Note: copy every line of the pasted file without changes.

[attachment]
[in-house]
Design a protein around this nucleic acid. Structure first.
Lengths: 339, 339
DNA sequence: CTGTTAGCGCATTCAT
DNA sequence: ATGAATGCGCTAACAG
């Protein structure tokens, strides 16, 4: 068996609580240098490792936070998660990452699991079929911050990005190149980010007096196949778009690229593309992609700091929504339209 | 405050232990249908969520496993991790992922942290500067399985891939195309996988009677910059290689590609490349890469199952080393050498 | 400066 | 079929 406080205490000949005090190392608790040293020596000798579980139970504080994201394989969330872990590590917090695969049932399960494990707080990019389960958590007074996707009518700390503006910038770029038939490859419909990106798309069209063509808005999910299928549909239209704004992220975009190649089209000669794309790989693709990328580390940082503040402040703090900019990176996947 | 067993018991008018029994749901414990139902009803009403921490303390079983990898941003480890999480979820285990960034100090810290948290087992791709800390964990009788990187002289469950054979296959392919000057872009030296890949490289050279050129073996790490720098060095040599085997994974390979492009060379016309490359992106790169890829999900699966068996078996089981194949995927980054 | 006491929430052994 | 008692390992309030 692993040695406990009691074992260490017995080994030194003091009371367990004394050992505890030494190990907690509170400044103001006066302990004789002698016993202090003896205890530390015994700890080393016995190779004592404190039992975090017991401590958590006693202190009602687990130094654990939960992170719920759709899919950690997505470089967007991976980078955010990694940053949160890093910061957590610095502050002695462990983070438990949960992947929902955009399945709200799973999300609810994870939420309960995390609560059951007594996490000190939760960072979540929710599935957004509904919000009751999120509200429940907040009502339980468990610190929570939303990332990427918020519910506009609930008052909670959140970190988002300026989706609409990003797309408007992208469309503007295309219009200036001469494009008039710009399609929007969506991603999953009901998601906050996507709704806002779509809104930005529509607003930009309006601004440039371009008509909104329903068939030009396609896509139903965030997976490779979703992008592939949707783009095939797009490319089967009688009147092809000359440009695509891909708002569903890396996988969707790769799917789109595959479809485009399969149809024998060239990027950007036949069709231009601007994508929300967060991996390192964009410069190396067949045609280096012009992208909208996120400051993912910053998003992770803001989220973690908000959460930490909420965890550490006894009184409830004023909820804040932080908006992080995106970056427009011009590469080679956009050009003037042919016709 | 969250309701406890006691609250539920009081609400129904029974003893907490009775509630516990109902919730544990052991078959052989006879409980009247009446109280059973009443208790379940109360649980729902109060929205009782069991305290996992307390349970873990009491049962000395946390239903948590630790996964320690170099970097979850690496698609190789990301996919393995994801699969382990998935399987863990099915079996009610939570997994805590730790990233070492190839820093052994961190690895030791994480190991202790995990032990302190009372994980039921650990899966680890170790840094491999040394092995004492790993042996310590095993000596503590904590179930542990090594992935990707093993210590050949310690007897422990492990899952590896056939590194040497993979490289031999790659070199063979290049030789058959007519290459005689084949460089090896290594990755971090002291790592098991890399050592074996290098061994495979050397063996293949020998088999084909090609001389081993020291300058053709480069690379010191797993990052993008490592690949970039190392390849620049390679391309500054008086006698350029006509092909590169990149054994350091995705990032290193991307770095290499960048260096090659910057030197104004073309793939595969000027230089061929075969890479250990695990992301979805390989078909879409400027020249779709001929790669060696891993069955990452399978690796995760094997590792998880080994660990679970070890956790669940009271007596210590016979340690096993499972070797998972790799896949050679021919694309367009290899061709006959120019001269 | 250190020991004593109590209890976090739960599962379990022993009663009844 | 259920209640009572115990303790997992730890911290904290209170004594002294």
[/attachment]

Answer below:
[in-house]
Design a protein around this nucleic acid. Structure first.
Lengths: 339, 339
DNA sequence: CTGTTAGCGCATTCAT
DNA sequence: ATGAATGCGCTAACAG
């Protein structure tokens, strides 16, 4: 068996609580240098490792936070998660990452699991079929911050990005190149980010007096196949778009690229593309992609700091929504339209 | 405050232990249908969520496993991790992922942290500067399985891939195309996988009677910059290689590609490349890469199952080393050498 | 400066 | 079929 406080205490000949005090190392608790040293020596000798579980139970504080994201394989969330872990590590917090695969049932399960494990707080990019389960958590007074996707009518700390503006910038770029038939490859419909990106798309069209063509808005999910299928549909239209704004992220975009190649089209000669794309790989693709990328580390940082503040402040703090900019990176996947 | 067993018991008018029994749901414990139902009803009403921490303390079983990898941003480890999480979820285990960034100090810290948290087992791709800390964990009788990187002289469950054979296959392919000057872009030296890949490289050279050129073996790490720098060095040599085997994974390979492009060379016309490359992106790169890829999900699966068996078996089981194949995927980054 | 006491929430052994 | 008692390992309030 692993040695406990009691074992260490017995080994030194003091009371367990004394050992505890030494190990907690509170400044103001006066302990004789002698016993202090003896205890530390015994700890080393016995190779004592404190039992975090017991401590958590006693202190009602687990130094654990939960992170719920759709899919950690997505470089967007991976980078955010990694940053949160890093910061957590610095502050002695462990983070438990949960992947929902955009399945709200799973999300609810994870939420309960995390609560059951007594996490000190939760960072979540929710599935957004509904919000009751999120509200429940907040009502339980468990610190929570939303990332990427918020519910506009609930008052909670959140970190988002300026989706609409990003797309408007992208469309503007295309219009200036001469494009008039710009399609929007969506991603999953009901998601906050996507709704806002779509809104930005529509607003930009309006601004440039371009008509909104329903068939030009396609896509139903965030997976490779979703992008592939949707783009095939797009490319089967009688009147092809000359440009695509891909708002569903890396996988969707790769799917789109595959479809485009399969149809024998060239990027950007036949069709231009601007994508929300967060991996390192964009410069190396067949045609280096012009992208909208996120400051993912910053998003992770803001989220973690908000959460930490909420965890550490006894009184409830004023909820804040932080908006992080995106970056427009011009590469080679956009050009003037042919016709 | 969250309701406890006691609250539920009081609400129904029974003893907490009775509630516990109902919730544990052991078959052989006879409980009247009446109280059973009443208790379940109360649980729902109060929205009782069991305290996992307390349970873990009491049962000395946390239903948590630790996964320690170099970097979850690496698609190789990301996919393995994801699969382990998935399987863990099915079996009610939570997994805590730790990233070492190839820093052994961190690895030791994480190991202790995990032990302190009372994980039921650990899966680890170790840094491999040394092995004492790993042996310590095993000596503590904590179930542990090594992935990707093993210590050949310690007897422990492990899952590896056939590194040497993979490289031999790659070199063979290049030789058959007519290459005689084949460089090896290594990755971090002291790592098991890399050592074996290098061994495979050397063996293949020998088999084909090609001389081993020291300058053709480069690379010191797993990052993008490592690949970039190392390849620049390679391309500054008086006698350029006509092909590169990149054994350091995705990032290193991307770095290499960048260096090659910057030197104004073309793939595969000027230089061929075969890479250990695990992301979805390989078909879409400027020249779709001929790669060696891993069955990452399978690796995760094997590792998880080994660990679970070890956790669940009271007596210590016979340690096993499972070797998972790799896949050679021919694309367009290899061709006959120019001269 | 250190020991004593109590209890976090739960599962379990022993009663009844 | 259920209640009572115990303790997992730890911290904290209170004594002294």